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Although the most conscientious and honest researcher can overlook pertinent sources of information, the repeated omissions of evidence by the Tanners suggest an intentional avoidance of sources that modify or refute their caustic interpretation of Mormon history (“Career Apostates,” Dialogue, Summer 1984, pp. 35-60).

This isn’t a Latter-day Saint condemning the Tanners.  This guy Foster is a non-LDS scholar who made a career out of studying Mormonism.  He’s fair.  Not an ideologue.  

Foster wrote the following article in Dialogue:    Career Apostates:  Reflections on the Works of Jerald and Sandra Tanner

As a non-Mormon scholar who has spent nearly a decade of intensive work in Mormon history without becoming either Mormon or anti-Mormon, I believe that I am in a particularly advantageous position to suggest some new perspectives on the Tanners and to present a balanced analysis of the strengths and weaknesses of their work.

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Foster will be shunned by most colleagues if he grinds an axe.  Good scholars aren’t dogmatic.  Not against the Mormons.  Not against any minority or other group.  Anti-Mormons don’t always follow the same academic standards as those in the academy (American universities).

If you think you can trust the Tanners’ research methods you might be in for a disappointment.  If you think you can trust what John Dehlin and current critics share — warmed-up Tanners’ research — with his listeners (he runs a podcast, unabashedly asking for donations)  I wish you good luck.

You’d be better served listening to this fellow below, Lawrence Foster (link to bio above) who doesn’t believe in the First Vision, but is at least fair to our history.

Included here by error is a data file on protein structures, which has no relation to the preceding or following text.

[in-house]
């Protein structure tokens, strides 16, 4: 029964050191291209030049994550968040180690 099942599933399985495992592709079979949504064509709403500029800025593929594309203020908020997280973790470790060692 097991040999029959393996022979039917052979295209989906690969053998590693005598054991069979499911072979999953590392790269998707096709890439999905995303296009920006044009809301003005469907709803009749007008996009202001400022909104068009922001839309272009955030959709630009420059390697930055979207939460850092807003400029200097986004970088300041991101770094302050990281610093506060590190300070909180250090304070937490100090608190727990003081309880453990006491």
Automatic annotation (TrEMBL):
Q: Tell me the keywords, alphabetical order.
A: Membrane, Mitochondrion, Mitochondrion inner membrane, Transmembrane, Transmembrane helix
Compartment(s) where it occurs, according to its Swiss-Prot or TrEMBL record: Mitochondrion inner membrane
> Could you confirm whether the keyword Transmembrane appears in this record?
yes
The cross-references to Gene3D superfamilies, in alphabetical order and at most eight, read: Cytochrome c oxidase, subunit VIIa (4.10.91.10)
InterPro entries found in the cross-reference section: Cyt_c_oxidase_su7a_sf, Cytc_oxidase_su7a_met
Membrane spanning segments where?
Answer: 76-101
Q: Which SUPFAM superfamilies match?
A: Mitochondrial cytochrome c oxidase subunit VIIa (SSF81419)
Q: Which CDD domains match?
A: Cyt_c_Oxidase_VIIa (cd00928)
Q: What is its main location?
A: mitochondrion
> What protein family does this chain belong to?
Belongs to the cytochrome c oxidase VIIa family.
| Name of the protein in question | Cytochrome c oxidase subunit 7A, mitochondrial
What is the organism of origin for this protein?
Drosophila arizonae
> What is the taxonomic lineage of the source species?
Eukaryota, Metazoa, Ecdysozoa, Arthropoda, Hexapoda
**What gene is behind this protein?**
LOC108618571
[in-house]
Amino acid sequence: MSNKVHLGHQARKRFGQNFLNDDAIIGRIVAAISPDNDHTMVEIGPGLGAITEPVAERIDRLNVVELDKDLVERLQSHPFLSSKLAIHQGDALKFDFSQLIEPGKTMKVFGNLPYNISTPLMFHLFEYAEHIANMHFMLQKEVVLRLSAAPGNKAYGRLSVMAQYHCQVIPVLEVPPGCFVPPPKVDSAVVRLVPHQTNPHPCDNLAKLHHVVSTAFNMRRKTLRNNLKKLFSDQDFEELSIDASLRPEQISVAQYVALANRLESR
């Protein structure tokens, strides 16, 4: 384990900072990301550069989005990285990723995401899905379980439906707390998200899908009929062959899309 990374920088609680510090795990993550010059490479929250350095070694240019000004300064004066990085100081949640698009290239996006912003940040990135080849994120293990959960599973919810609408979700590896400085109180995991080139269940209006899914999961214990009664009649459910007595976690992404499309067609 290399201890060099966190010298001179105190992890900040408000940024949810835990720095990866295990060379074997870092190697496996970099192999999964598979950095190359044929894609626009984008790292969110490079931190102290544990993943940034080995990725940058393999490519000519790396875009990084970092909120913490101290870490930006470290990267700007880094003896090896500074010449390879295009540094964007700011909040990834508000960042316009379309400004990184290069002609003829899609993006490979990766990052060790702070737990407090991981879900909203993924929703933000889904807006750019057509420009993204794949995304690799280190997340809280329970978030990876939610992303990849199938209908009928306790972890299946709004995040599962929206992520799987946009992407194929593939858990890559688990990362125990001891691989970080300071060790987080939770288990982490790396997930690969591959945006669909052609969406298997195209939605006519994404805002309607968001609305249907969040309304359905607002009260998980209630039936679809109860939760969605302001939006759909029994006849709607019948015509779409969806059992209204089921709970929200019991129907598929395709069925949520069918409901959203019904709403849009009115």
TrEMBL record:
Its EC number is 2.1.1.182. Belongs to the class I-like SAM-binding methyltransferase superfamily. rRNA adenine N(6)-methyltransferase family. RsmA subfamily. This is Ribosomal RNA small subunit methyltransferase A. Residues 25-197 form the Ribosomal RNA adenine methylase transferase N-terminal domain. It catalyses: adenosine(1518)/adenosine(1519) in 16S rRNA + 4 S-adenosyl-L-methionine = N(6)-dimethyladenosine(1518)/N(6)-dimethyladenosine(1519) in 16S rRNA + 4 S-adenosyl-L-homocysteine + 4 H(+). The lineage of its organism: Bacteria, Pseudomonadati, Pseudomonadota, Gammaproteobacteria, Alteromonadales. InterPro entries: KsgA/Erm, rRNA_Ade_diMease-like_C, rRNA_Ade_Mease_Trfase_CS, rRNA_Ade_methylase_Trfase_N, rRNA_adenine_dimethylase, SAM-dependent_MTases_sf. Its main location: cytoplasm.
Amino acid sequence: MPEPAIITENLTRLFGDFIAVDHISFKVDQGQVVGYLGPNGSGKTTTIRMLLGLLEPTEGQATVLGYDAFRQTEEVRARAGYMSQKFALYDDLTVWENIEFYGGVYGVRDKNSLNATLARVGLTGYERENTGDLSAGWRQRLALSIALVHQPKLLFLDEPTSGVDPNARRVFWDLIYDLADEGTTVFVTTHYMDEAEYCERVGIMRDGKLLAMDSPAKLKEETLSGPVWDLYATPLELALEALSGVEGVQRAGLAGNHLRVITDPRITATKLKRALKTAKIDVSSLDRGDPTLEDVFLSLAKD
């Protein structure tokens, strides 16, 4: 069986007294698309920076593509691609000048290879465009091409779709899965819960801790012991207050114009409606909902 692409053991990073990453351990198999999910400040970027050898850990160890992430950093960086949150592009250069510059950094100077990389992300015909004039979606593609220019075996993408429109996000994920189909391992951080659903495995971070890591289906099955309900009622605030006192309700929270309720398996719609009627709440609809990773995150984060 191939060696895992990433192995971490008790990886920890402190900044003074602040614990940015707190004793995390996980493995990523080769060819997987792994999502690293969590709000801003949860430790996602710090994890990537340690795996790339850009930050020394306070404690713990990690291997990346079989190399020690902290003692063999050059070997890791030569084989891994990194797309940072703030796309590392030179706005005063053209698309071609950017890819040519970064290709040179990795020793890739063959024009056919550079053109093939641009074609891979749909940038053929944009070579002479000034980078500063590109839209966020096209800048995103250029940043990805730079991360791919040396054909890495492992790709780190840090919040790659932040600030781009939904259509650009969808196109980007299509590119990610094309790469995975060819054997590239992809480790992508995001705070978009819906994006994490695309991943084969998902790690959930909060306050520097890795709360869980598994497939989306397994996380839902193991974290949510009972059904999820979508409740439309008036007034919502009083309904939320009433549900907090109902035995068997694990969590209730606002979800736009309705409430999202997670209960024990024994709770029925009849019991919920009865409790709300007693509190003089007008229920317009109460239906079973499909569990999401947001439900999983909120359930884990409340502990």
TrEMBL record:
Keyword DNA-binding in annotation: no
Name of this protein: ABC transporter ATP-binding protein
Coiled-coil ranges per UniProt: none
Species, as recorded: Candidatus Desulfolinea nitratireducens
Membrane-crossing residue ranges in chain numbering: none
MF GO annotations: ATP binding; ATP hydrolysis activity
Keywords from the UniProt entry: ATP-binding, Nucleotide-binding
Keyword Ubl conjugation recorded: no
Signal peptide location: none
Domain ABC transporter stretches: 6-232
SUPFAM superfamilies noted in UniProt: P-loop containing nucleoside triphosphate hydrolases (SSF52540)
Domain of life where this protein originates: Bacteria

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Below are a few archived FARMS articles about the Tanners from decades ago.  Bad scholarship is the hallmark.

FARMS wrote a response to one of the Tanners’ many books and another response to the Tanners’ criticisms of the LDS witnesses:


Robert and Rosemary Brown wrote this book in 1986 about LDS critics:   They Lie in Wait to Deceive. 

Volumes 1 and 4 address the Tanners specifically.

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Michael Quinn, a historian and former member of the LDS Church, takes issue with the Tanners’ work.  Quinn, an ex-communicated former member, still points out bad scholarship when he sees it.

He noted that “although the most conscientious and honest researcher can overlook pertinent sources of information, the repeated omissions of evidence by the Tanners suggest an intentional avoidance of sources that modify or refute their caustic interpretation of Mormon history.”

To their credit, The Tanners have debunked what they characterize as misrepresentations of the LDS Church by Ed Decker, a Christian evangelist. They criticized his film The God Makers IIdespite their involvement in his earlier film, The God Makers.

So, if you’re seeking information about the LDS Church you might want to find other sources than the Tanners.